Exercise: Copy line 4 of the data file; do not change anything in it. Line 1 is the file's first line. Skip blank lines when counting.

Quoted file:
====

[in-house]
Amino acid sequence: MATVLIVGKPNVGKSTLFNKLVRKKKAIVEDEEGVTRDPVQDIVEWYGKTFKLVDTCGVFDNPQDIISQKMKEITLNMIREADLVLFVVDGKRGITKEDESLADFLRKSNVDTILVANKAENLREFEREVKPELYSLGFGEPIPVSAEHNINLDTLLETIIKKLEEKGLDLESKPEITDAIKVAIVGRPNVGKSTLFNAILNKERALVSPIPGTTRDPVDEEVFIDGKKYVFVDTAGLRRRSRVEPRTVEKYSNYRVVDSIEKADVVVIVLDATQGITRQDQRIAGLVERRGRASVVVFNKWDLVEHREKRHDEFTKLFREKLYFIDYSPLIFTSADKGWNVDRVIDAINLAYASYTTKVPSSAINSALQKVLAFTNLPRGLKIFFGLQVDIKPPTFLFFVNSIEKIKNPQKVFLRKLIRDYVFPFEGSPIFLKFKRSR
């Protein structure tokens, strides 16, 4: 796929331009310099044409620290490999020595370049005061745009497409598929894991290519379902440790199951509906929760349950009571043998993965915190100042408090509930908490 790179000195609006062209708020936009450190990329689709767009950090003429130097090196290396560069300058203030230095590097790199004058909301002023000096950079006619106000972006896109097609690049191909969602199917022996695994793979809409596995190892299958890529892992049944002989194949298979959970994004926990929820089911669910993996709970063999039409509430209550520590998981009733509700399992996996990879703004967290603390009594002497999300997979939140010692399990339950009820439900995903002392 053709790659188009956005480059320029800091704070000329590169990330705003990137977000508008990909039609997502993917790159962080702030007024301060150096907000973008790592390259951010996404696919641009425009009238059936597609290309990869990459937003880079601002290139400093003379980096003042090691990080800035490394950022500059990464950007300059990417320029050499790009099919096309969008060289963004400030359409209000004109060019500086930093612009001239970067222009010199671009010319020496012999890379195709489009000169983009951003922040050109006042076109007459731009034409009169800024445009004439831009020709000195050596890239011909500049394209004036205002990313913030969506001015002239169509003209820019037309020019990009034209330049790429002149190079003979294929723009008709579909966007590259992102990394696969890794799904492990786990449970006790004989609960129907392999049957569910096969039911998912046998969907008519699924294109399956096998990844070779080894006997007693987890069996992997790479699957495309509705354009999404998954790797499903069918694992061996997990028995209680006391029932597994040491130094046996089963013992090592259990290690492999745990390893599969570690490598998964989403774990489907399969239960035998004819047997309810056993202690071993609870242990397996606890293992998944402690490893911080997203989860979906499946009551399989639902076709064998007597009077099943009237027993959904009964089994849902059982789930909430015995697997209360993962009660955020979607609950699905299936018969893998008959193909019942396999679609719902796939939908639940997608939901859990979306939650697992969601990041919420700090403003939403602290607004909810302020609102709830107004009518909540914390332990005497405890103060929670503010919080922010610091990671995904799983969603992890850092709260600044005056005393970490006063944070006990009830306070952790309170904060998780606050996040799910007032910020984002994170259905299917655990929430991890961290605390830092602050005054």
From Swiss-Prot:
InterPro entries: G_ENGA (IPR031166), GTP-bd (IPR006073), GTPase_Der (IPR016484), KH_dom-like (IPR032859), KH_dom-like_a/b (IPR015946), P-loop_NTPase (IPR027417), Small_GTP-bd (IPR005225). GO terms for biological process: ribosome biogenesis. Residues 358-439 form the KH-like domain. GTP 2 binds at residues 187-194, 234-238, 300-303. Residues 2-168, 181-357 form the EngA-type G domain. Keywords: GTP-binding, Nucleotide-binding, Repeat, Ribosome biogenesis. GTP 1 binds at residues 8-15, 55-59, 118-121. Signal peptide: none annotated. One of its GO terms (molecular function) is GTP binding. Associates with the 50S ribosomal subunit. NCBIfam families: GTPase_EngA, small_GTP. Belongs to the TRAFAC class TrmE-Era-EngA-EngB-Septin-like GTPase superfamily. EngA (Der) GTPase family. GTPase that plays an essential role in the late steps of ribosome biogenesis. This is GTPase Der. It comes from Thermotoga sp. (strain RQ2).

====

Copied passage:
From Swiss-Prot: